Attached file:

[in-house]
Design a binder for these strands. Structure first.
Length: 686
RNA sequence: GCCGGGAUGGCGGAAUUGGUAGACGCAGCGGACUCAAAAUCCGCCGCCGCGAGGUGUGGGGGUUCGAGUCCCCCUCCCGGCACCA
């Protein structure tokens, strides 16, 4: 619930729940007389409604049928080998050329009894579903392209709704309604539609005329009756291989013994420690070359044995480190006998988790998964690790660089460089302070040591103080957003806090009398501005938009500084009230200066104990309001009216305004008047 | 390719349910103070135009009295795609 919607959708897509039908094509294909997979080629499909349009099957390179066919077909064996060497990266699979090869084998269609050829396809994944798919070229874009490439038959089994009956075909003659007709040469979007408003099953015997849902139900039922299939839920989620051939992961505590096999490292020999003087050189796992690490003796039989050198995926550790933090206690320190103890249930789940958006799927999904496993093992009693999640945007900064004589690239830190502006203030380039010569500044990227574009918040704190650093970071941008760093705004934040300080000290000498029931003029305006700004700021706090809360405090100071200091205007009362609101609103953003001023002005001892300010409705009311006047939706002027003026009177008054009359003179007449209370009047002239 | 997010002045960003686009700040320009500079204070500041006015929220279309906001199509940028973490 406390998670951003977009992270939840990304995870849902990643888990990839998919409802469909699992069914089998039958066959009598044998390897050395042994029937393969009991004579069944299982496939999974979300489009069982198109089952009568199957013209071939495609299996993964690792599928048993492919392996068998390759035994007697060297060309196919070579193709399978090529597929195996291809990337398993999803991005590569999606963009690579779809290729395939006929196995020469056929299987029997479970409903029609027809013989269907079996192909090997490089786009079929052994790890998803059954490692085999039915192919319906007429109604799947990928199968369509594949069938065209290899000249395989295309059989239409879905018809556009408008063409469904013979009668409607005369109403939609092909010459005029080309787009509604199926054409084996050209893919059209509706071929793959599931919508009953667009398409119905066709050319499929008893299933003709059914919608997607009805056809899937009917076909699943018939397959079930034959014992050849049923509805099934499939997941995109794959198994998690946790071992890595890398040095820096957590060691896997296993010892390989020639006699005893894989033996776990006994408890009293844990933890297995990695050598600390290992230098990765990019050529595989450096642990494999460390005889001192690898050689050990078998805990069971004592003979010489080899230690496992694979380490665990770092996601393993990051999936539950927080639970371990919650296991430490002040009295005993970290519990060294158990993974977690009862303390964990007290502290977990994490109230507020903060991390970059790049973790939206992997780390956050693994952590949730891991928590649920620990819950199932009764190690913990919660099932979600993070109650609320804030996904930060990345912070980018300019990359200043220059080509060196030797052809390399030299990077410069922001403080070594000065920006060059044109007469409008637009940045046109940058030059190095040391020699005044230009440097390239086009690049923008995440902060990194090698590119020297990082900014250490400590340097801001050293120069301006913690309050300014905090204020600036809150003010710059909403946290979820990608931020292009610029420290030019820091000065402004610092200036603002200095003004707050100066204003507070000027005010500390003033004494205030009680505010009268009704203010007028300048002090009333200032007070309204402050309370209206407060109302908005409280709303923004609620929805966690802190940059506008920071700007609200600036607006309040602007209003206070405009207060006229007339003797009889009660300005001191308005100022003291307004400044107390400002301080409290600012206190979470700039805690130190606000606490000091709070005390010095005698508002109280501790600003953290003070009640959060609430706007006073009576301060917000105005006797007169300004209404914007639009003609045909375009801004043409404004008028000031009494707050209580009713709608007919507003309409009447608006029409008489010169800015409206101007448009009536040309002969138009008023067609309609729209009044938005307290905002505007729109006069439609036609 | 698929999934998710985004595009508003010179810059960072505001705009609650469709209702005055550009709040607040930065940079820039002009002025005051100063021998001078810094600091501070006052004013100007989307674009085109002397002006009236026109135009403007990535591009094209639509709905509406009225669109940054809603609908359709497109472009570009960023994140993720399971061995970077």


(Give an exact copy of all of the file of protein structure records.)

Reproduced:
[in-house]
Design a binder for these strands. Structure first.
Length: 686
RNA sequence: GCCGGGAUGGCGGAAUUGGUAGACGCAGCGGACUCAAAAUCCGCCGCCGCGAGGUGUGGGGGUUCGAGUCCCCCUCCCGGCACCA
């Protein structure tokens, strides 16, 4: 619930729940007389409604049928080998050329009894579903392209709704309604539609005329009756291989013994420690070359044995480190006998988790998964690790660089460089302070040591103080957003806090009398501005938009500084009230200066104990309001009216305004008047 | 390719349910103070135009009295795609 919607959708897509039908094509294909997979080629499909349009099957390179066919077909064996060497990266699979090869084998269609050829396809994944798919070229874009490439038959089994009956075909003659007709040469979007408003099953015997849902139900039922299939839920989620051939992961505590096999490292020999003087050189796992690490003796039989050198995926550790933090206690320190103890249930789940958006799927999904496993093992009693999640945007900064004589690239830190502006203030380039010569500044990227574009918040704190650093970071941008760093705004934040300080000290000498029931003029305006700004700021706090809360405090100071200091205007009362609101609103953003001023002005001892300010409705009311006047939706002027003026009177008054009359003179007449209370009047002239 | 997010002045960003686009700040320009500079204070500041006015929220279309906001199509940028973490 406390998670951003977009992270939840990304995870849902990643888990990839998919409802469909699992069914089998039958066959009598044998390897050395042994029937393969009991004579069944299982496939999974979300489009069982198109089952009568199957013209071939495609299996993964690792599928048993492919392996068998390759035994007697060297060309196919070579193709399978090529597929195996291809990337398993999803991005590569999606963009690579779809290729395939006929196995020469056929299987029997479970409903029609027809013989269907079996192909090997490089786009079929052994790890998803059954490692085999039915192919319906007429109604799947990928199968369509594949069938065209290899000249395989295309059989239409879905018809556009408008063409469904013979009668409607005369109403939609092909010459005029080309787009509604199926054409084996050209893919059209509706071929793959599931919508009953667009398409119905066709050319499929008893299933003709059914919608997607009805056809899937009917076909699943018939397959079930034959014992050849049923509805099934499939997941995109794959198994998690946790071992890595890398040095820096957590060691896997296993010892390989020639006699005893894989033996776990006994408890009293844990933890297995990695050598600390290992230098990765990019050529595989450096642990494999460390005889001192690898050689050990078998805990069971004592003979010489080899230690496992694979380490665990770092996601393993990051999936539950927080639970371990919650296991430490002040009295005993970290519990060294158990993974977690009862303390964990007290502290977990994490109230507020903060991390970059790049973790939206992997780390956050693994952590949730891991928590649920620990819950199932009764190690913990919660099932979600993070109650609320804030996904930060990345912070980018300019990359200043220059080509060196030797052809390399030299990077410069922001403080070594000065920006060059044109007469409008637009940045046109940058030059190095040391020699005044230009440097390239086009690049923008995440902060990194090698590119020297990082900014250490400590340097801001050293120069301006913690309050300014905090204020600036809150003010710059909403946290979820990608931020292009610029420290030019820091000065402004610092200036603002200095003004707050100066204003507070000027005010500390003033004494205030009680505010009268009704203010007028300048002090009333200032007070309204402050309370209206407060109302908005409280709303923004609620929805966690802190940059506008920071700007609200600036607006309040602007209003206070405009207060006229007339003797009889009660300005001191308005100022003291307004400044107390400002301080409290600012206190979470700039805690130190606000606490000091709070005390010095005698508002109280501790600003953290003070009640959060609430706007006073009576301060917000105005006797007169300004209404914007639009003609045909375009801004043409404004008028000031009494707050209580009713709608007919507003309409009447608006029409008489010169800015409206101007448009009536040309002969138009008023067609309609729209009044938005307290905002505007729109006069439609036609 | 698929999934998710985004595009508003010179810059960072505001705009609650469709209702005055550009709040607040930065940079820039002009002025005051100063021998001078810094600091501070006052004013100007989307674009085109002397002006009236026109135009403007990535591009094209639509709905509406009225669109940054809603609908359709497109472009570009960023994140993720399971061995970077």